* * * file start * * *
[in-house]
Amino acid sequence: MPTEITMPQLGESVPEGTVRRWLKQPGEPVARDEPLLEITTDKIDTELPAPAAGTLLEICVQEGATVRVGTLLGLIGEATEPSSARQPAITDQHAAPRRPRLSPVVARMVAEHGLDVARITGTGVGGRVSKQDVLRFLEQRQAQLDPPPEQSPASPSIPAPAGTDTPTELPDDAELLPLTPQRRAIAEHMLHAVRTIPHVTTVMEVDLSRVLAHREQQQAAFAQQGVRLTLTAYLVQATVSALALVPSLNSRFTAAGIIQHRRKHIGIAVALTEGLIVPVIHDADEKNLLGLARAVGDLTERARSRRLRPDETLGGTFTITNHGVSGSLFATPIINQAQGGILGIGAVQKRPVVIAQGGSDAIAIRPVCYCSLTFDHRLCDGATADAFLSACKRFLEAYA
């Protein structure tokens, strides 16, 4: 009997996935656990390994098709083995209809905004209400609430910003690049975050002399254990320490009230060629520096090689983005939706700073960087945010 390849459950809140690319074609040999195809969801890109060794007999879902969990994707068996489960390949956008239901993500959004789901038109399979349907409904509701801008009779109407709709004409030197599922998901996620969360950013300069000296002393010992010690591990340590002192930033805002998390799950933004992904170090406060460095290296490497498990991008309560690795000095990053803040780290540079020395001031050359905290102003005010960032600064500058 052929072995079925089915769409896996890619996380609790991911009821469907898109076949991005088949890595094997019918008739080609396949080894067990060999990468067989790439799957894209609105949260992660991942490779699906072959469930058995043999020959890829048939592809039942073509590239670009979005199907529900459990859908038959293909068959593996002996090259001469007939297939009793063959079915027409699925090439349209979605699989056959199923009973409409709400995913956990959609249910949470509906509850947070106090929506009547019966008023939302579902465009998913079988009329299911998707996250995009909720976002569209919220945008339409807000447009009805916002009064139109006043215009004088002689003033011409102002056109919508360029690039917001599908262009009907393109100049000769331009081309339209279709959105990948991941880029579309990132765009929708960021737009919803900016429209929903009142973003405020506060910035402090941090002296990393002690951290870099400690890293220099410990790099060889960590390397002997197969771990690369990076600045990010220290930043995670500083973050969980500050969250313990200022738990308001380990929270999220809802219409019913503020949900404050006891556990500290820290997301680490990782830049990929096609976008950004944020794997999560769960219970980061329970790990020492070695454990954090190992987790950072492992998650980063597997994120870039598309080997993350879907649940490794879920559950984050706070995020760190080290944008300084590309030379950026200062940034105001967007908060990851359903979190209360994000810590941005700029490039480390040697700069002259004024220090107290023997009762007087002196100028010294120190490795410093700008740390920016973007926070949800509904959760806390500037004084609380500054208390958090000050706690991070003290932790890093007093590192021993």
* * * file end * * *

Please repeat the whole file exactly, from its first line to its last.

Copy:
[in-house]
Amino acid sequence: MPTEITMPQLGESVPEGTVRRWLKQPGEPVARDEPLLEITTDKIDTELPAPAAGTLLEICVQEGATVRVGTLLGLIGEATEPSSARQPAITDQHAAPRRPRLSPVVARMVAEHGLDVARITGTGVGGRVSKQDVLRFLEQRQAQLDPPPEQSPASPSIPAPAGTDTPTELPDDAELLPLTPQRRAIAEHMLHAVRTIPHVTTVMEVDLSRVLAHREQQQAAFAQQGVRLTLTAYLVQATVSALALVPSLNSRFTAAGIIQHRRKHIGIAVALTEGLIVPVIHDADEKNLLGLARAVGDLTERARSRRLRPDETLGGTFTITNHGVSGSLFATPIINQAQGGILGIGAVQKRPVVIAQGGSDAIAIRPVCYCSLTFDHRLCDGATADAFLSACKRFLEAYA
């Protein structure tokens, strides 16, 4: 009997996935656990390994098709083995209809905004209400609430910003690049975050002399254990320490009230060629520096090689983005939706700073960087945010 390849459950809140690319074609040999195809969801890109060794007999879902969990994707068996489960390949956008239901993500959004789901038109399979349907409904509701801008009779109407709709004409030197599922998901996620969360950013300069000296002393010992010690591990340590002192930033805002998390799950933004992904170090406060460095290296490497498990991008309560690795000095990053803040780290540079020395001031050359905290102003005010960032600064500058 052929072995079925089915769409896996890619996380609790991911009821469907898109076949991005088949890595094997019918008739080609396949080894067990060999990468067989790439799957894209609105949260992660991942490779699906072959469930058995043999020959890829048939592809039942073509590239670009979005199907529900459990859908038959293909068959593996002996090259001469007939297939009793063959079915027409699925090439349209979605699989056959199923009973409409709400995913956990959609249910949470509906509850947070106090929506009547019966008023939302579902465009998913079988009329299911998707996250995009909720976002569209919220945008339409807000447009009805916002009064139109006043215009004088002689003033011409102002056109919508360029690039917001599908262009009907393109100049000769331009081309339209279709959105990948991941880029579309990132765009929708960021737009919803900016429209929903009142973003405020506060910035402090941090002296990393002690951290870099400690890293220099410990790099060889960590390397002997197969771990690369990076600045990010220290930043995670500083973050969980500050969250313990200022738990308001380990929270999220809802219409019913503020949900404050006891556990500290820290997301680490990782830049990929096609976008950004944020794997999560769960219970980061329970790990020492070695454990954090190992987790950072492992998650980063597997994120870039598309080997993350879907649940490794879920559950984050706070995020760190080290944008300084590309030379950026200062940034105001967007908060990851359903979190209360994000810590941005700029490039480390040697700069002259004024220090107290023997009762007087002196100028010294120190490795410093700008740390920016973007926070949800509904959760806390500037004084609380500054208390958090000050706690991070003290932790890093007093590192021993």